Even so, to touch on nearly every film Spielberg has ever made is well worth the two-and-a-half hour sit, especially as it’s buoyed by the scores of John Williams. It’s smartly broken into sections. Act 1, essentially, explores his populist beginnings. Act 2, his maturation. Act 3, his legacy.
Lucy does a superb job of placing his achievements in context. There’s perhaps no better example of this than 1993. That summer, Spielberg advanced blockbuster cinema by showing us what was possible with technology in Jurassic Park. Six months later, he showed us what was possible for him as an artist in Schindler’s List. In the history of the movies, it’s hard to find another filmmaker who achieved so much in a single year.
There are other things we get an appreciation for, too, not the least of which is the influence of his wife Kate Capshaw. Known to most as the shrill Indy babe from Indiana Jones and the Temple of Doom (who couldn’t hold a whiskey shot to Karen Allen’s Marion), Spielberg helps us to understand in credible terms of genuine gratitude how Capshaw was the person that made Steven’s maturation as a filmmaker possible.
There are also more honest yet still loving appraisals from Spielberg’s siblings. The family background helps illuminate a movie like Close Encounters of the Third Kind, which Spielberg also wrote the screenplay for. A fair, new reading of that film – and of Roy Neary in particular – is that it’s Spielberg extending grace, empathy, and forgiveness toward his own father, who he perceived as “leaving” the family when his parents divorced.
It’s telling what movies are bypassed, some without nary a single clip. Always and The Lost World: Jurassic Park are ignored completely, while Hook, The Terminal, The Adventures of Tintin, and War Horse get little more than fleeting glimpses at best (but no commentary). No doubt those references were left to the original 4-hour cut, some deservedly and others unfortunately.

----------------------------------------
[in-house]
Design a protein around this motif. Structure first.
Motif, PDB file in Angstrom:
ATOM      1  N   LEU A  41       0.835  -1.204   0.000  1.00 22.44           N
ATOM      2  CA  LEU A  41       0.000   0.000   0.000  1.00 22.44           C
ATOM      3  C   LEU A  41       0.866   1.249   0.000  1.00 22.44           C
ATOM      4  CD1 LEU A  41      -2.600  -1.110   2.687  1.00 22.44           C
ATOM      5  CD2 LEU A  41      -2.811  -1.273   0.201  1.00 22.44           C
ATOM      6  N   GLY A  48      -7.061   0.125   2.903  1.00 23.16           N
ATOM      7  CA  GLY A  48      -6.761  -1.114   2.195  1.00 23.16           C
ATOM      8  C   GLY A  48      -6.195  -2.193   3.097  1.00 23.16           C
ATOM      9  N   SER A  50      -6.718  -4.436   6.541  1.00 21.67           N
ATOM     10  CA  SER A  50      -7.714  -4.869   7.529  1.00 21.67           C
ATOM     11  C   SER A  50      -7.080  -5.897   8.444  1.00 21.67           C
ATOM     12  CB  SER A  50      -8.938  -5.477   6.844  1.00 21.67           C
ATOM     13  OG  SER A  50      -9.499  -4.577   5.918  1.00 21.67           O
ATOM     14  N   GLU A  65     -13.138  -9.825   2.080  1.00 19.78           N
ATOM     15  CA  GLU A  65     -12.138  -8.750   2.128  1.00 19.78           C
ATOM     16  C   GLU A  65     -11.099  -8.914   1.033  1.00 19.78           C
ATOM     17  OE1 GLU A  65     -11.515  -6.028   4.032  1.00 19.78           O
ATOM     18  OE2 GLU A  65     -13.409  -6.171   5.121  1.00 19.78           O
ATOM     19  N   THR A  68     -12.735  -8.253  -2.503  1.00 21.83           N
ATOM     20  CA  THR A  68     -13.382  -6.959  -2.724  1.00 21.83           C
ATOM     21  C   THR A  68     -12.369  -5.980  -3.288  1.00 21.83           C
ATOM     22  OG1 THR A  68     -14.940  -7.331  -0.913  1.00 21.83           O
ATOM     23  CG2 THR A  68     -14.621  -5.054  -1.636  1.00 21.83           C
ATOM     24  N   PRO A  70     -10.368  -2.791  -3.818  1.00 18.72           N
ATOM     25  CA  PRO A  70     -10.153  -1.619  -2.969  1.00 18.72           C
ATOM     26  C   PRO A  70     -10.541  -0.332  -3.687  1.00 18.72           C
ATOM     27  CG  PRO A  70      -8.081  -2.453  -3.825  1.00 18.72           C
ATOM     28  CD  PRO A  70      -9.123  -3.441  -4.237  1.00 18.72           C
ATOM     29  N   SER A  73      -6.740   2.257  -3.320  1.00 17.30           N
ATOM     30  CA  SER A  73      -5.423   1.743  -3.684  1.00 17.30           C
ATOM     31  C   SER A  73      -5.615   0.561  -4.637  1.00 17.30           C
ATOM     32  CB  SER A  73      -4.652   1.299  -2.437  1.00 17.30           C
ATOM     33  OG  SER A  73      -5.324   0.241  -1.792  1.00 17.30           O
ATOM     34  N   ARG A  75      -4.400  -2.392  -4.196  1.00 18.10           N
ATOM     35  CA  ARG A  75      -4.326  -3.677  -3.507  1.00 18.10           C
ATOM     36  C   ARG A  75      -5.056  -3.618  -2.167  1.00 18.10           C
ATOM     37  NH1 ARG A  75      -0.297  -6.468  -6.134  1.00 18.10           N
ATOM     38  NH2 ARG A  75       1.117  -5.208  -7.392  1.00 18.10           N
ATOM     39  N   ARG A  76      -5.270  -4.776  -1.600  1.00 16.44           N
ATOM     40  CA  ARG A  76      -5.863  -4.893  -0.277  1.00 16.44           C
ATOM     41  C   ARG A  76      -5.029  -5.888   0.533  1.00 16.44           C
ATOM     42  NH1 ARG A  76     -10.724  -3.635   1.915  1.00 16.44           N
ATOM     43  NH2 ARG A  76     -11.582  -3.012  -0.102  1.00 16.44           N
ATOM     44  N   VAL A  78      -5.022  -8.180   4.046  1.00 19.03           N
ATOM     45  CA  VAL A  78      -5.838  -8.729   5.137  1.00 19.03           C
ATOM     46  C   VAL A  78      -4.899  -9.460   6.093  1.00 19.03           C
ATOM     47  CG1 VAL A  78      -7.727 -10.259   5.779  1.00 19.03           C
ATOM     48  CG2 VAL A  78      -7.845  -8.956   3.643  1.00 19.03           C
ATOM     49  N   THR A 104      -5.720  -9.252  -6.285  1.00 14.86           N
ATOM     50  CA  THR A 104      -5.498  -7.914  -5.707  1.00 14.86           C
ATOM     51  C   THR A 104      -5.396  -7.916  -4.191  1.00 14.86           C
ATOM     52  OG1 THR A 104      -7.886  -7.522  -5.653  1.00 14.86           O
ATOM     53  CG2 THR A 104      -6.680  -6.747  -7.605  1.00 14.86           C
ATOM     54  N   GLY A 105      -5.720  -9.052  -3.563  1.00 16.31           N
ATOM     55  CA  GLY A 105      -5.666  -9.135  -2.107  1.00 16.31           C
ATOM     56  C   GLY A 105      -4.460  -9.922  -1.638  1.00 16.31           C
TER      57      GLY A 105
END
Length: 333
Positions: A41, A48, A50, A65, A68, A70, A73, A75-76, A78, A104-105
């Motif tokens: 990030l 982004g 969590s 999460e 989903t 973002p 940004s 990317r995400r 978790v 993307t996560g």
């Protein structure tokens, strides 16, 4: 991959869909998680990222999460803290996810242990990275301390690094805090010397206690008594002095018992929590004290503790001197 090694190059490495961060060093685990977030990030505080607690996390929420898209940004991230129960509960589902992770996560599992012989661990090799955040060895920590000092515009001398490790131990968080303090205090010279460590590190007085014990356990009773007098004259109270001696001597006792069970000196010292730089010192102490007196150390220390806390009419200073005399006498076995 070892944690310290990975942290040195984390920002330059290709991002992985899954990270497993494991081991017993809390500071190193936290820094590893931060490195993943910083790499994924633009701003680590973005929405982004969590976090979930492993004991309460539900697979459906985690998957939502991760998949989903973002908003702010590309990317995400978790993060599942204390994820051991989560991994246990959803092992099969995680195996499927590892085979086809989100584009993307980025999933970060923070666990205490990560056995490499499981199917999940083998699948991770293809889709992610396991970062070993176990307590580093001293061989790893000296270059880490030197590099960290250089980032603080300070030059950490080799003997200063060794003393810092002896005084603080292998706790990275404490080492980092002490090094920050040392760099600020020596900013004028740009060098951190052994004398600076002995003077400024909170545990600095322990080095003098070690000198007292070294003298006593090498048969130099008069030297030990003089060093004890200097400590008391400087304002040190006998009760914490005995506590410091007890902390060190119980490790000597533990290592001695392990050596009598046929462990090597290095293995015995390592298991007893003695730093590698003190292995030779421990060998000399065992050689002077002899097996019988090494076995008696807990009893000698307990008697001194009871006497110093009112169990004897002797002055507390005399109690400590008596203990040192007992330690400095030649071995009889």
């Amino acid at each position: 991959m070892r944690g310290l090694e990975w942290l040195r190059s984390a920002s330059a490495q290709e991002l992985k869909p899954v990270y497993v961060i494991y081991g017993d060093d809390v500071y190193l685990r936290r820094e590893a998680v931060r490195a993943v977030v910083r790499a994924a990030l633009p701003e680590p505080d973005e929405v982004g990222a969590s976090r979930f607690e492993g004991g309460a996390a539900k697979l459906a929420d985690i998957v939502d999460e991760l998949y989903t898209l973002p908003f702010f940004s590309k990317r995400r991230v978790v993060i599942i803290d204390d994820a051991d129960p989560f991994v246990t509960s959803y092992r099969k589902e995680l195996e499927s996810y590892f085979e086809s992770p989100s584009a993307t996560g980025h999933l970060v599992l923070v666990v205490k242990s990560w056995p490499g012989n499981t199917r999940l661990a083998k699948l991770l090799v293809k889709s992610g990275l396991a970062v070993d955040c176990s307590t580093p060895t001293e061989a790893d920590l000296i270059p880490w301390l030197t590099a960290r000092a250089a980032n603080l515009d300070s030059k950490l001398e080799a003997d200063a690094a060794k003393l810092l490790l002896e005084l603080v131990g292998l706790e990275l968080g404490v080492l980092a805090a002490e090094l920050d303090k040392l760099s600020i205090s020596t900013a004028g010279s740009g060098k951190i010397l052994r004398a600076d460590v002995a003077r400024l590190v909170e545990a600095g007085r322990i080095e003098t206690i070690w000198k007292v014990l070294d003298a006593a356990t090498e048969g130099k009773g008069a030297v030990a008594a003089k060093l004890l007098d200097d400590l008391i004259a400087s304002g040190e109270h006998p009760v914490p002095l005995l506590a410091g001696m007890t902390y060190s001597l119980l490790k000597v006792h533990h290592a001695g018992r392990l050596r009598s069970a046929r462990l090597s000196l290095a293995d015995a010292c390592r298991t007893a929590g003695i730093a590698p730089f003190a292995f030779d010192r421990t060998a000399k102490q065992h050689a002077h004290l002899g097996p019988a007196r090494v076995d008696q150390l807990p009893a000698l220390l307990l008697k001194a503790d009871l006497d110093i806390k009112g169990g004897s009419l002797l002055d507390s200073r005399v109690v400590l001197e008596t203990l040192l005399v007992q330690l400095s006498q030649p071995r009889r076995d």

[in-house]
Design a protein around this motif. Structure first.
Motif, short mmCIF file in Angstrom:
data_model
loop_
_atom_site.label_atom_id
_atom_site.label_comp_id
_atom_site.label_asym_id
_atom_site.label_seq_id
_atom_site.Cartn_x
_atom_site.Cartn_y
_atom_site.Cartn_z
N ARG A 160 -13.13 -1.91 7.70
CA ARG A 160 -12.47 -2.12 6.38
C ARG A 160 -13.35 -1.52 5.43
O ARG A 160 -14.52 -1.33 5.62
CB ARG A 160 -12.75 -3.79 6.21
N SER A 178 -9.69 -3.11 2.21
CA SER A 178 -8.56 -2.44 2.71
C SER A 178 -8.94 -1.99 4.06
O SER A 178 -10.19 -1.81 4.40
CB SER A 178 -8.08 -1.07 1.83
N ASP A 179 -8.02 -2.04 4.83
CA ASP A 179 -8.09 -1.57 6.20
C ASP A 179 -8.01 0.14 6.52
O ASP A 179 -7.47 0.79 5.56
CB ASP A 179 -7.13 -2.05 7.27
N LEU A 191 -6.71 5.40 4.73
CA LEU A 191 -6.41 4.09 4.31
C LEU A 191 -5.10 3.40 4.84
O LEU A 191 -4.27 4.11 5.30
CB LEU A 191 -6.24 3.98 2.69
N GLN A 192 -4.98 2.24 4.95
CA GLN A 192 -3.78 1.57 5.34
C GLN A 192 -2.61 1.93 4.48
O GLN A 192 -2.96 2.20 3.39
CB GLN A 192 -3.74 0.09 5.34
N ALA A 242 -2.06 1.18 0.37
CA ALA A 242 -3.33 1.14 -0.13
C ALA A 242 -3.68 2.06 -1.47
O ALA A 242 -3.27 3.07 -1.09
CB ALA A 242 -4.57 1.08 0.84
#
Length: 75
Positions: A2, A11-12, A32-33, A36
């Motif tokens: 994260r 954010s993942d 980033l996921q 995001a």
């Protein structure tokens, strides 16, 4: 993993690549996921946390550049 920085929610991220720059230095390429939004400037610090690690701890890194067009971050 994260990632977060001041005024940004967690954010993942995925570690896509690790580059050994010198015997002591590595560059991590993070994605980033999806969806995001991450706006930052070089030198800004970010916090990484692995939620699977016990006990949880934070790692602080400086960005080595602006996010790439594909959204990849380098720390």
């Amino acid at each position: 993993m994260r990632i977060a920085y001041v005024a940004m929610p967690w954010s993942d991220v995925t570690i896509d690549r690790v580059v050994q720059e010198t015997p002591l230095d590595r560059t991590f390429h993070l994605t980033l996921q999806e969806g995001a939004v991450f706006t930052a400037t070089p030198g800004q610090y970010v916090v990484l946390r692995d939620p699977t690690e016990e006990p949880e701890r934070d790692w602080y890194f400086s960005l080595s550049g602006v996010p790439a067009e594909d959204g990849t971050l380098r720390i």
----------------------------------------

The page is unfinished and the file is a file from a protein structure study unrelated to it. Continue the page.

The primary beneficiary of that neglect, however, is Munich, Spielberg’s 2005 thriller about Israel’s retaliation against the PLO for the 1972 Munich Olympics massacre. It’s a film that remains the best, most complex cinematic reflection on our post-9/11 War on Terror, and its toll on our personal and collective soul.
It’s also the most underappreciated masterpiece of Spielberg’s oeuvre, especially now that 2001’s A.I.: Artificial Intelligence is getting its due. Lucy studies Munich at length; inspiring people to give it another look may be the best virtue her documentary can boast.
It’s virtually impossible to sum up a career like Spielberg’s in one movie and actually do the man’s work justice. But to Lucy’s credit, Spielberg helps us to appreciate in full what her film can only scratch the surface of, an inherent truth best summed up by actor Bob Balaban: “He doesn’t want to make little personal movies. He wants to make big personal movies.”
And each one, in its own way, is a close encounter.
You can read my reviews of every Steven Spielberg film ever made, and see how I rank them, in The Spielberg Canon.